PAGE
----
Ticks and Lyme disease have been in the news a lot recently. While there is currently much welcome discussion about effective testing and treatments, one thing that needs no debate is that black-legged ticks and Lyme disease are here in the Land O’Lakes. As our climate warms and winters become less severe (remember the balmy +17 degrees last Christmas Eve?), the black-legged tick has been gradually moving north from its principal range in the United States and has brought Lyme disease with it. Both are now permanent residents in our area.
Ticks are arachnids, members of the same family as spiders, mites and scorpions. Adult black-legged ticks (also known as deer ticks) are dark, about the size and shape of a sesame seed, and have eight legs – a feature that helps to quickly distinguish them from six-legged insects. Deer ticks have a complex two-year life cycle during which time they pass through three stages: larva, nymph, and adult. The tick must take a blood meal at each stage before maturing to the next. Adult tick females latch onto a host and drink its blood for four to five days. In late spring the female lays several hundred to a few thousand eggs on the ground in clusters. In our area, the adult ticks are more numerous in early to mid-spring and then again in mid-fall. Immature ticks, known as nymphs, are much smaller than adults (about the size of a poppy seed) and actively search for a blood meal in May through July.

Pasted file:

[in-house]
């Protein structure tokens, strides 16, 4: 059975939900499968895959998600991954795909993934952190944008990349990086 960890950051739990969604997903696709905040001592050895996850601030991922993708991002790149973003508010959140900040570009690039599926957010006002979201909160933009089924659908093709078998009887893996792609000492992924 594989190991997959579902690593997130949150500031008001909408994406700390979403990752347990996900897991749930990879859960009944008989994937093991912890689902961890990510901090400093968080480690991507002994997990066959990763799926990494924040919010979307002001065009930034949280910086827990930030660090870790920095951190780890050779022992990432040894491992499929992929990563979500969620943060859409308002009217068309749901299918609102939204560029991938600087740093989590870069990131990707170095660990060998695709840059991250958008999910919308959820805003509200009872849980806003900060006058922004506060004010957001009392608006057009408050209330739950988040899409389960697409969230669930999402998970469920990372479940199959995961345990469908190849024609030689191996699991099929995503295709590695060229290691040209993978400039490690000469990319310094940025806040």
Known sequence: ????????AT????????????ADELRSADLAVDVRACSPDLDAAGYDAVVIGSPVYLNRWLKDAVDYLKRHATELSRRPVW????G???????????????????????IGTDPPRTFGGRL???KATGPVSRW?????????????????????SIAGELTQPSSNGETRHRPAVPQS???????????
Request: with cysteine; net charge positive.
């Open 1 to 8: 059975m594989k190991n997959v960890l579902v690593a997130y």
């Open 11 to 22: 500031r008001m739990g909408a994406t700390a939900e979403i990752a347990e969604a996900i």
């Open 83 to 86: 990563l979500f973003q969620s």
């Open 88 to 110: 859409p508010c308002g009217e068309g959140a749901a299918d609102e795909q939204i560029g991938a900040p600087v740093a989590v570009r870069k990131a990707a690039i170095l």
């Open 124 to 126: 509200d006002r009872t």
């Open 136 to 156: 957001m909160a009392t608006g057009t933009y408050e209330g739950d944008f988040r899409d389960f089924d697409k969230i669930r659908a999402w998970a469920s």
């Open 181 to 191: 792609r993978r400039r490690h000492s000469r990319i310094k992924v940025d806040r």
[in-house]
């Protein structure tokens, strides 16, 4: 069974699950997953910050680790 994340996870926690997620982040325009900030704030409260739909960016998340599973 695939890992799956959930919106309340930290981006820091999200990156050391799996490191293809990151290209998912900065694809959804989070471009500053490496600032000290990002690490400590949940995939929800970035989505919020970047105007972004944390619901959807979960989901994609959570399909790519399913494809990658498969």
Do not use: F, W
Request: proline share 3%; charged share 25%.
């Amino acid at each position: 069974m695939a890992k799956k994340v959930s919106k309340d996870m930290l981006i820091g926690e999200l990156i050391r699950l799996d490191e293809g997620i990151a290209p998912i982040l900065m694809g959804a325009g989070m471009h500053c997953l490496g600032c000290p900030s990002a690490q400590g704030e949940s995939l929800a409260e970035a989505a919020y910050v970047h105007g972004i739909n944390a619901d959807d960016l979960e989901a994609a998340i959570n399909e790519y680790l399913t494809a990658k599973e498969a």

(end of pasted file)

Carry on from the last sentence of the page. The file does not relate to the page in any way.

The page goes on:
About six or seven years ago, we had our first experience with ticks when we found a funny little bump on our dog’s neck. It was October, and she had spent the previous weekend chasing chipmunks at our cottage on Bobs Lake. By mid-week the “bump” had become the size of a small dried bean. We looked at it closely and realized that it was no ordinary bump – it was a partially engorged tick. I found some tweezers and pulled it off, being careful to grasp the tick right by the dog’s skin to ensure I didn’t leave the tick’s mouthparts attached to the dog. Legs wiggling in protest, I disposed of the tick in such a way that that this particular individual was not going to bother anyone ever again. Period.
Later that same fall, I found a tick on my neck after spending a few hours in the bush, and since then every spring and fall my wife and I find a few of the little beggars crawling around on either our clothes or on our skin. We used to find 3 or 4 ticks on our dog every week, but since we began treating her with a vet-prescribed anti-tick medication we rarely see any on her.
If being bitten was the only nasty thing about this critter, it wouldn’t be so bad. After all, there are gazillions of biting flies in this area. Unfortunately, as mentioned earlier, deer ticks are the principal way that Lyme disease is transmitted to people. Known as a “vector” in the bug business, ticks often have the species of bacteria that causes Lyme disease living in their gut. They pass on the bacteria to mice and deer that they normally feed on, giving other ticks the opportunity to become infected when they feed on the infected mammal. And so on. All three stages of ticks can pass on Lyme disease, but according to one reputable source, the nymph stage is responsible for the majority of human cases of Lyme disease.